Debugging support is also exposed with PowerShell Editor Services. It is handled within the same process as the language server protocol handing. This provides a more integrated experience for end users but is something to note as not many other language servers work in this way. If you want to take advantage of debugging, your client must support the Debug Adapter Protocol. Your client should use the path to the debug named pipe found in the session.json file talked about above.

Currently only the Visual Studio Code extension supports debugging.


Stdio is a simpler and more universal mechanism when it comes to the Language Server Protocol and is what we recommend if your editor/client doesn't need to support the PowerShell Integrated Console or debugging.

NOTE: Debugging and the Integrated Console are not features of the Stdio channel because each feature requires their own IO streams and since the Stdio model only provides a single set of streams (Stdio), these features cannot be leveraged.

The typical command to start PowerShell Editor Services using stdio is as follows:

pwsh -NoLogo -NoProfile -Command "$PSES_BUNDLE_PATH/PowerShellEditorServices/Start-EditorServices.ps1 -BundledModulesPath $PSES_BUNDLE_PATH -LogPath $SESSION_TEMP_PATH/logs.log -SessionDetailsPath $SESSION_TEMP_PATH/session.json -FeatureFlags @() -AdditionalModules @() -HostName 'My Client' -HostProfileId 'myclient' -HostVersion 1.0.0 -Stdio -LogLevel Normal"

NOTE: In the example above,

  • $PSES_BUNDLE_PATH is the root of the downloaded from the GitHub releases.
  • $SESSION_TEMP_PATH is the folder path that you'll use for this specific editor session.

The important flag is the -Stdio flag which enables this communication protocol.

Currently, the Emacs extension uses Stdio.

API Usage

Please note that we only consider the following as stable APIs that can be relied on:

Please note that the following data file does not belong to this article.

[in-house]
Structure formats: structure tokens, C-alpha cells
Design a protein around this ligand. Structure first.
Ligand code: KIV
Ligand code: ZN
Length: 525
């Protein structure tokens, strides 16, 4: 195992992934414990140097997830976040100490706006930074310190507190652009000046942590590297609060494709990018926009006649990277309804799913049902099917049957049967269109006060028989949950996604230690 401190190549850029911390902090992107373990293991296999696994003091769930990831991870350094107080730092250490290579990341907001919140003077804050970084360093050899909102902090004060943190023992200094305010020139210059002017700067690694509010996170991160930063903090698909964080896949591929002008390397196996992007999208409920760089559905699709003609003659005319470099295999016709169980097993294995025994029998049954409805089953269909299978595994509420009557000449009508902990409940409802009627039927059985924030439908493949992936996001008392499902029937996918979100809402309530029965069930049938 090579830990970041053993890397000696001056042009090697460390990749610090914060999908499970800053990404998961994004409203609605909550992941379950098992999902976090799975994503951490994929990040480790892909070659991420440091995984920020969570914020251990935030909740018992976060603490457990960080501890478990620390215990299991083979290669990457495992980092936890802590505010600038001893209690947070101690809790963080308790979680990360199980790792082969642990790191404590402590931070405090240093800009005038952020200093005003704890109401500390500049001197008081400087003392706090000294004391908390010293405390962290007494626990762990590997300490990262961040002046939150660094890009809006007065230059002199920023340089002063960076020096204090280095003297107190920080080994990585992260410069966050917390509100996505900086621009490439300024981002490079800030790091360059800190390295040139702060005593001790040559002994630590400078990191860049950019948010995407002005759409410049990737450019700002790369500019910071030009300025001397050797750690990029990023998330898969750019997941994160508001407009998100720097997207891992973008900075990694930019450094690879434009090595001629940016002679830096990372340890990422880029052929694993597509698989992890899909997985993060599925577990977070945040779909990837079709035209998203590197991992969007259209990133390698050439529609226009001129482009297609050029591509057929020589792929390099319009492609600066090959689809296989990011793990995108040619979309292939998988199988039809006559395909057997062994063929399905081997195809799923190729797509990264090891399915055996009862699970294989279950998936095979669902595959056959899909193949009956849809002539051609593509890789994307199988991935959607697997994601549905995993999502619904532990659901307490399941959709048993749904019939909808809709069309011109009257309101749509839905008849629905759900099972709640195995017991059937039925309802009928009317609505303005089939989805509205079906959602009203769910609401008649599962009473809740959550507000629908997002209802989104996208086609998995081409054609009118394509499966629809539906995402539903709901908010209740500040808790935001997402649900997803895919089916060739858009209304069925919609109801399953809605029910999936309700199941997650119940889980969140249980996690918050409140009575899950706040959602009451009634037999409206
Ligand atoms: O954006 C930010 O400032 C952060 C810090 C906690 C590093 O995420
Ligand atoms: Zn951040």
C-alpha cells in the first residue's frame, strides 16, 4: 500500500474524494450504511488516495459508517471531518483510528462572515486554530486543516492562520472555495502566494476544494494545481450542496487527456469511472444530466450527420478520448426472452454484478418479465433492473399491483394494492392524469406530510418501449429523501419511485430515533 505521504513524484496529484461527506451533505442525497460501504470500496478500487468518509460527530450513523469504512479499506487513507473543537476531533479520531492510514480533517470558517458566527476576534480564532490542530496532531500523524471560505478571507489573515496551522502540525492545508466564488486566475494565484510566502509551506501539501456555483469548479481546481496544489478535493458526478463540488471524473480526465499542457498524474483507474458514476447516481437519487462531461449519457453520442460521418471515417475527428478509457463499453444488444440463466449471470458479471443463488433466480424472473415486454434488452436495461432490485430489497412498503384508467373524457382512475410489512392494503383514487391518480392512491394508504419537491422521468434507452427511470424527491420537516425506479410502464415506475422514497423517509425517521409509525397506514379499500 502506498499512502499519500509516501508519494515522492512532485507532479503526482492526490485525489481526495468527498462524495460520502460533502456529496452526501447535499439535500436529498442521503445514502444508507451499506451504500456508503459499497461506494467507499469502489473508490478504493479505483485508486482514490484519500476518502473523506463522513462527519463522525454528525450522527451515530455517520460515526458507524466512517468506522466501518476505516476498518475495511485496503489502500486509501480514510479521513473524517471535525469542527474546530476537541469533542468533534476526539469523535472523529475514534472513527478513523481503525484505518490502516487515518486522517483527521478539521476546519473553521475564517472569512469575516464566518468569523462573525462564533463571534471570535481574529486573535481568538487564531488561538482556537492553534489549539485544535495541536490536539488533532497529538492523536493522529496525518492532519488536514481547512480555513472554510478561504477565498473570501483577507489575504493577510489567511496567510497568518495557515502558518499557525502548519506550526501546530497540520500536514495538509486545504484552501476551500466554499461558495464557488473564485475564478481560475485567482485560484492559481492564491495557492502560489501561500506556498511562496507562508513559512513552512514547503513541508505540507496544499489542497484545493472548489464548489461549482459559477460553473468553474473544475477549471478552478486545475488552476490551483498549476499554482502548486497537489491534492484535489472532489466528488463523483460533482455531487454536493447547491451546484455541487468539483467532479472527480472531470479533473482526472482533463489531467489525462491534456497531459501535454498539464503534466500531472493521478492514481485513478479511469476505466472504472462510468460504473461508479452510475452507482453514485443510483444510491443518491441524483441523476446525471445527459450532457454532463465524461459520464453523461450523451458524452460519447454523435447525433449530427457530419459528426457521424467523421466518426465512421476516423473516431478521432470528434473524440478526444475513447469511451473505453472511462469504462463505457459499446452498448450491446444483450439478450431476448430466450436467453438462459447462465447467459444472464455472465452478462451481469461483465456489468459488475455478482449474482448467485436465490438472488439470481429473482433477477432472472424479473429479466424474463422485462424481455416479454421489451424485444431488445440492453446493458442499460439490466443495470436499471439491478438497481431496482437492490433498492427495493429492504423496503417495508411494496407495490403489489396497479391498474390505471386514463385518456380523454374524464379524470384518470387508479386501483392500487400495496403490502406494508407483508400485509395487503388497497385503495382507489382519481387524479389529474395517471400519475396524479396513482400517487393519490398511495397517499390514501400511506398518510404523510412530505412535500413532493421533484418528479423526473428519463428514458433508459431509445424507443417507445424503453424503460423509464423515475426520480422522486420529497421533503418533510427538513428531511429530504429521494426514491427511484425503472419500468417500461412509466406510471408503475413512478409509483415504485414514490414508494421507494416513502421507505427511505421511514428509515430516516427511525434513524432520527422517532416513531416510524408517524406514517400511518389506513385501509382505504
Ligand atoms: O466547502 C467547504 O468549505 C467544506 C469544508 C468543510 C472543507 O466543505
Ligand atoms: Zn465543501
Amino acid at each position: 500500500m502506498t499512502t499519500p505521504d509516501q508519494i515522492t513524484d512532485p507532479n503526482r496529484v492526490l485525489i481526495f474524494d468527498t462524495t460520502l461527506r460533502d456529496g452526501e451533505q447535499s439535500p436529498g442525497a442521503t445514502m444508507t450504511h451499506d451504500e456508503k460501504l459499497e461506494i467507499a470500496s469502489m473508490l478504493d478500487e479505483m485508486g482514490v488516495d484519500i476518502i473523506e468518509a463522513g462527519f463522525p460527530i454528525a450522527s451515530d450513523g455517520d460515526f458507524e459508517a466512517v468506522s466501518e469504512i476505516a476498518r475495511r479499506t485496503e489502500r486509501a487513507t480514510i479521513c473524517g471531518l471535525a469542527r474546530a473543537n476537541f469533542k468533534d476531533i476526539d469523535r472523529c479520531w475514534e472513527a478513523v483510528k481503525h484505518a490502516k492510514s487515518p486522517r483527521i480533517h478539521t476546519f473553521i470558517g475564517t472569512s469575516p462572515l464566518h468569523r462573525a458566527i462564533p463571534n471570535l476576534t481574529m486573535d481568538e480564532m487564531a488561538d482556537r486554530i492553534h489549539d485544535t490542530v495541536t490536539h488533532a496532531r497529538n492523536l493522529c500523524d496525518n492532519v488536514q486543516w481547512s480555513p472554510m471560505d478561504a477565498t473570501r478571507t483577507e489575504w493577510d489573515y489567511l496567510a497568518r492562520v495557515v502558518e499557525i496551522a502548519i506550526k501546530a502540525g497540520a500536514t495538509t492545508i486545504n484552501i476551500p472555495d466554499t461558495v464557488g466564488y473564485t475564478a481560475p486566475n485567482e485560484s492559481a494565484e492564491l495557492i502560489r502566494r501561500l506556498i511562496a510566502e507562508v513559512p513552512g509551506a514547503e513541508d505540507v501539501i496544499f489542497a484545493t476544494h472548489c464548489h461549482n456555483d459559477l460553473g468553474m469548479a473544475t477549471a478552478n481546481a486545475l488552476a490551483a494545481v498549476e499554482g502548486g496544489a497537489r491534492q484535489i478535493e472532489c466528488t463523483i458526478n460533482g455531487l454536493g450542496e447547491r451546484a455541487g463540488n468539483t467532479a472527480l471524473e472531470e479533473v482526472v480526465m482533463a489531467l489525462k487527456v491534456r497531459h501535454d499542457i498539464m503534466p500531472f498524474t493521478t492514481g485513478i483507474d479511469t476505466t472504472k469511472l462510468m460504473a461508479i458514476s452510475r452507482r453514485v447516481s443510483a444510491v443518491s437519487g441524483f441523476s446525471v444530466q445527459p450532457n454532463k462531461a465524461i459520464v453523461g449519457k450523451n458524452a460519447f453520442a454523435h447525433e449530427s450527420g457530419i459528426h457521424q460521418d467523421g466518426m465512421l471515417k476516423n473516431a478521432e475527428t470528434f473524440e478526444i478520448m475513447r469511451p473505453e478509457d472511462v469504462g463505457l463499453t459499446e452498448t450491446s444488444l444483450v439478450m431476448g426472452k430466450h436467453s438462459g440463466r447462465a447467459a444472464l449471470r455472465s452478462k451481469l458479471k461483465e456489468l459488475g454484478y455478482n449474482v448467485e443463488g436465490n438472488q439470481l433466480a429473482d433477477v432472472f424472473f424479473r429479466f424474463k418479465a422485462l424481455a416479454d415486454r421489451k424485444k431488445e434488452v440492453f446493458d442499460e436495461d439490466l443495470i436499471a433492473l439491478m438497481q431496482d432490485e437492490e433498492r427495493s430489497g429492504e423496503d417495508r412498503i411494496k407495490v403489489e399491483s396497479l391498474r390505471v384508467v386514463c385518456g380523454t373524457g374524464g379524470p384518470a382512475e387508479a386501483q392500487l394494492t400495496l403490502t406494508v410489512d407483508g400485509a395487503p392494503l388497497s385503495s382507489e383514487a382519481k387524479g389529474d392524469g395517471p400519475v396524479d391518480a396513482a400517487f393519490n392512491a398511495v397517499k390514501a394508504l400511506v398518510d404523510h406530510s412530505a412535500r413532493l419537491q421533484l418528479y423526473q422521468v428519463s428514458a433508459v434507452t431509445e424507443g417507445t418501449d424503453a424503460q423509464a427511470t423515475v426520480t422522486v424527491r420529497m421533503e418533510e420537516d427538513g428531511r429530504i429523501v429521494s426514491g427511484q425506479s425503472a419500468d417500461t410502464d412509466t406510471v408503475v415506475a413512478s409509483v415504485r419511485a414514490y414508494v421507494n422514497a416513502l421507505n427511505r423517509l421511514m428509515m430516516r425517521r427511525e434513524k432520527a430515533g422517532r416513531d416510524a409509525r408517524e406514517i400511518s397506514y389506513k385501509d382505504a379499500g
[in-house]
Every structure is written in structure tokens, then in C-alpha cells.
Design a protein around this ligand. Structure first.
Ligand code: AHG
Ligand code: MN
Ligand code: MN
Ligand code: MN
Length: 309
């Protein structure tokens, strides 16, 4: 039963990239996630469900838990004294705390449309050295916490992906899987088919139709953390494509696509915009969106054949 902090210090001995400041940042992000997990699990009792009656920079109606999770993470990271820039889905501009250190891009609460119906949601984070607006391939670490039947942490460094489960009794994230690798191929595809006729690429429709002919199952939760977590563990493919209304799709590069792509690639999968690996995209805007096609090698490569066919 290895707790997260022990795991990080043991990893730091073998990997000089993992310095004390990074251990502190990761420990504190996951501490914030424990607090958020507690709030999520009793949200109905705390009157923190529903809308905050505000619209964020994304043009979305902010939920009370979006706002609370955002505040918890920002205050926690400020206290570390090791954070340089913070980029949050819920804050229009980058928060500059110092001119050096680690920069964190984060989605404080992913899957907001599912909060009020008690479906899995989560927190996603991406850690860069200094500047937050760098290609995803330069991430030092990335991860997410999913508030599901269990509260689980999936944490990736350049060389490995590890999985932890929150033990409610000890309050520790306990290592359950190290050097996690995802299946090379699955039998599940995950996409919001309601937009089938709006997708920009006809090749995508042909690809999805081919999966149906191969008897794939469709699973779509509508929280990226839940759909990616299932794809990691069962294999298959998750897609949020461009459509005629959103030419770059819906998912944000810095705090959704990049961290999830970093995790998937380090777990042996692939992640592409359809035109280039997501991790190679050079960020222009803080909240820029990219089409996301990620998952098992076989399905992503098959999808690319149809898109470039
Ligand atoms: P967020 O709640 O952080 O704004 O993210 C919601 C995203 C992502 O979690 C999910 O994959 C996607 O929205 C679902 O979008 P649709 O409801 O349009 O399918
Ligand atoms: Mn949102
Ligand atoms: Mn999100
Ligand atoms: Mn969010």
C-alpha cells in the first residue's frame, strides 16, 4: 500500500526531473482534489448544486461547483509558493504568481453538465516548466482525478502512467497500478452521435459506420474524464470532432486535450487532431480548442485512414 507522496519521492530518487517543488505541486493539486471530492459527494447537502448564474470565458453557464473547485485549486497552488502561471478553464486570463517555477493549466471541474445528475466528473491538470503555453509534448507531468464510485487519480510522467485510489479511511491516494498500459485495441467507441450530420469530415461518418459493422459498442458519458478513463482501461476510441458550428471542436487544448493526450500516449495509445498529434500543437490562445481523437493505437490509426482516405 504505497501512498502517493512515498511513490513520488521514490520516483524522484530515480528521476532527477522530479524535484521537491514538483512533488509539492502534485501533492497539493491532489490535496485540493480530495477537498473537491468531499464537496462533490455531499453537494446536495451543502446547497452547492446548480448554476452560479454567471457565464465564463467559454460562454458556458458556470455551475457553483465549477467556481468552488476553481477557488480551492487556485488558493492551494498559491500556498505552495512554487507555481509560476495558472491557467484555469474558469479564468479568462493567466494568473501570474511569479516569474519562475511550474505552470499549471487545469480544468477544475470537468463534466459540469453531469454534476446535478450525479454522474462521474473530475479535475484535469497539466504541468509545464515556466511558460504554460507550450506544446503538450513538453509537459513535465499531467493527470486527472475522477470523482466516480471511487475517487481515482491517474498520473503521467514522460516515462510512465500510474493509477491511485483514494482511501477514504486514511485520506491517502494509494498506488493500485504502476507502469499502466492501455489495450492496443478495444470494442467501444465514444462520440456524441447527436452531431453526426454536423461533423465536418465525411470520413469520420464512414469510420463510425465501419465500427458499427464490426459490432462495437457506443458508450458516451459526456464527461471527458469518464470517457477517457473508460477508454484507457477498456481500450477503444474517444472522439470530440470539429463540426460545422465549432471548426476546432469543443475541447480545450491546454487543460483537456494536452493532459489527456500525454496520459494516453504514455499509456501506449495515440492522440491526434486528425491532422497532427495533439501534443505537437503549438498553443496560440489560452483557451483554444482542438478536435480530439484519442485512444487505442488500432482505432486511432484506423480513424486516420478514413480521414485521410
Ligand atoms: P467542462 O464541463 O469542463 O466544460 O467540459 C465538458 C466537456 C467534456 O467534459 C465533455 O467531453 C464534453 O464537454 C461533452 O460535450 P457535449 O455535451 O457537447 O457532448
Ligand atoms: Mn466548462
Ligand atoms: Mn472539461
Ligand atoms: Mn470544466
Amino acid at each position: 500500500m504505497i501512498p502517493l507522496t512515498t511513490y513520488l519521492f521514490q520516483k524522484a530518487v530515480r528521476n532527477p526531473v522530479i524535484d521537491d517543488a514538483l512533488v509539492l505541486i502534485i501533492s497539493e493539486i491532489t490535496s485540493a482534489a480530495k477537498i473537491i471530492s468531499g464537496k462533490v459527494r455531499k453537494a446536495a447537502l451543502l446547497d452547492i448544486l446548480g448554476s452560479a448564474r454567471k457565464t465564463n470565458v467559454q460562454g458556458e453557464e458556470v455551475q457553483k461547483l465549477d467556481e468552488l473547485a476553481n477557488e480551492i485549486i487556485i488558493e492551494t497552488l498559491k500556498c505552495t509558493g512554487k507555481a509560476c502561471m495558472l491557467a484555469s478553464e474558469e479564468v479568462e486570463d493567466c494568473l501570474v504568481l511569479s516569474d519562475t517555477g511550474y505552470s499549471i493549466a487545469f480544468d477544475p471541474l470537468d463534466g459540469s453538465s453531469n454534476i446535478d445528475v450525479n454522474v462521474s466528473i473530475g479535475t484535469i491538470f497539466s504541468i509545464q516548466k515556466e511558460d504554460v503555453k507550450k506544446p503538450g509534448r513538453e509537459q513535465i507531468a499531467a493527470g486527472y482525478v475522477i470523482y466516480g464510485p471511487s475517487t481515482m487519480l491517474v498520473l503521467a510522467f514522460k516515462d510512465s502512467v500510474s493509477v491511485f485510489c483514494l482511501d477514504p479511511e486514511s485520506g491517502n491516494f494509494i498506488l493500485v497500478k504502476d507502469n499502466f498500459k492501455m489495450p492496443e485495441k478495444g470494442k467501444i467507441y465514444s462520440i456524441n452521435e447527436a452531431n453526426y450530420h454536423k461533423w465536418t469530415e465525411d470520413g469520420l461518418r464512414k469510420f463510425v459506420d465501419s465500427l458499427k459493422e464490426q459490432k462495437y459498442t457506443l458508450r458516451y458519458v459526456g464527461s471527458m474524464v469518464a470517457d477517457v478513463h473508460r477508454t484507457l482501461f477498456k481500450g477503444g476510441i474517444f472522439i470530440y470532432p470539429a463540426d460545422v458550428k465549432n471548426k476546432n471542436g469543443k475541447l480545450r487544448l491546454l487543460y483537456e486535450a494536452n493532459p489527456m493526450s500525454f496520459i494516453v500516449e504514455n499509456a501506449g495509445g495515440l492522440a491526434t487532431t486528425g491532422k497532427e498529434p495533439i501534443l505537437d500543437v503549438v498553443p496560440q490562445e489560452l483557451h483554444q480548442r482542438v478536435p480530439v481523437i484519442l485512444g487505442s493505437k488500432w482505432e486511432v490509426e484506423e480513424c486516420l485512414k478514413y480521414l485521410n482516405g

• Language server protocol connection
  • Debug adapter protocol connection
  • Start up mechanism

The types of PowerShell Editor Services can change at any moment and should not be linked against in production environment.


NOTE: The easiest way to manually test changes you've made in PowerShellEditorServices is to follow the vscode-powershell development doc to get a local build of the VS Code extension to use your local build of PowerShellEditorServices.

1. Install PowerShell 7+

Install PowerShell 7+ with these instructions.

2. Clone the GitHub repository

git clone

3. Install Invoke-Build

Install-Module InvokeBuild -Scope CurrentUser

Now you're ready to build the code. You can do so in one of two ways:

Building the code from PowerShell

PS C:\path\to\PowerShellEditorServices> Invoke-Build Build

Building the code from Visual Studio Code

Open the PowerShellEditorServices folder that you cloned locally and press Ctrl+Shift+B (or Cmd+Shift+B on macOS).

Contributions Welcome

We would love to incorporate community contributions into this project. If you would like to contribute code, documentation, tests, or bug reports, please read our Contribution Guide to learn more.



This project is licensed under the MIT License.

Code of Conduct

This project has adopted the Microsoft Open Source Code of Conduct. For more information see the Code of Conduct FAQ or contact [email protected] with any additional questions or comments.